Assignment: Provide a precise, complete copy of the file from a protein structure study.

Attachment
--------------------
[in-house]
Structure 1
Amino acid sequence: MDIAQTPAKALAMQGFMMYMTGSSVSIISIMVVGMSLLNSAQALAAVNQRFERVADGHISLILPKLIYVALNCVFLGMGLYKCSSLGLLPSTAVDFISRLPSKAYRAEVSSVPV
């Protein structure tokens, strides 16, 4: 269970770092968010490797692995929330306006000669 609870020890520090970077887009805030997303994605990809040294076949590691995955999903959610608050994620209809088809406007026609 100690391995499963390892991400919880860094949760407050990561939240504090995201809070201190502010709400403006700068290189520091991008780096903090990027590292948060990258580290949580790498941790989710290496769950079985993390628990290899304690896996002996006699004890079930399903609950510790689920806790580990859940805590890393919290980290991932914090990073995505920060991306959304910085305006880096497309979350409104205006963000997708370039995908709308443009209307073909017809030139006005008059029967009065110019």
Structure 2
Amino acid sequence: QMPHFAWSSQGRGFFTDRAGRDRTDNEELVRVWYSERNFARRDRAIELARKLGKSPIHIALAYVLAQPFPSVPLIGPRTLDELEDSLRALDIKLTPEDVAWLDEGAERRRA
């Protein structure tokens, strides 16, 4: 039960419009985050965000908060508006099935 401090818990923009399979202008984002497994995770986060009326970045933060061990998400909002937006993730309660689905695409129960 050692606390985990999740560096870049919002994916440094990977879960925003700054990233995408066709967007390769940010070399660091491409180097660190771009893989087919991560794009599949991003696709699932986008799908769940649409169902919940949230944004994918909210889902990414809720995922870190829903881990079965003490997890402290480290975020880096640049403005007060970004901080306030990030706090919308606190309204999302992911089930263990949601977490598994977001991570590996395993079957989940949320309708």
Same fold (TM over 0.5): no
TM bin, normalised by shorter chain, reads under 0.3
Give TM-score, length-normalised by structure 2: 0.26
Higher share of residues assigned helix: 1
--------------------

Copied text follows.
[in-house]
Structure 1
Amino acid sequence: MDIAQTPAKALAMQGFMMYMTGSSVSIISIMVVGMSLLNSAQALAAVNQRFERVADGHISLILPKLIYVALNCVFLGMGLYKCSSLGLLPSTAVDFISRLPSKAYRAEVSSVPV
């Protein structure tokens, strides 16, 4: 269970770092968010490797692995929330306006000669 609870020890520090970077887009805030997303994605990809040294076949590691995955999903959610608050994620209809088809406007026609 100690391995499963390892991400919880860094949760407050990561939240504090995201809070201190502010709400403006700068290189520091991008780096903090990027590292948060990258580290949580790498941790989710290496769950079985993390628990290899304690896996002996006699004890079930399903609950510790689920806790580990859940805590890393919290980290991932914090990073995505920060991306959304910085305006880096497309979350409104205006963000997708370039995908709308443009209307073909017809030139006005008059029967009065110019």
Structure 2
Amino acid sequence: QMPHFAWSSQGRGFFTDRAGRDRTDNEELVRVWYSERNFARRDRAIELARKLGKSPIHIALAYVLAQPFPSVPLIGPRTLDELEDSLRALDIKLTPEDVAWLDEGAERRRA
């Protein structure tokens, strides 16, 4: 039960419009985050965000908060508006099935 401090818990923009399979202008984002497994995770986060009326970045933060061990998400909002937006993730309660689905695409129960 050692606390985990999740560096870049919002994916440094990977879960925003700054990233995408066709967007390769940010070399660091491409180097660190771009893989087919991560794009599949991003696709699932986008799908769940649409169902919940949230944004994918909210889902990414809720995922870190829903881990079965003490997890402290480290975020880096640049403005007060970004901080306030990030706090919308606190309204999302992911089930263990949601977490598994977001991570590996395993079957989940949320309708």
Same fold (TM over 0.5): no
TM bin, normalised by shorter chain, reads under 0.3
Give TM-score, length-normalised by structure 2: 0.26
Higher share of residues assigned helix: 1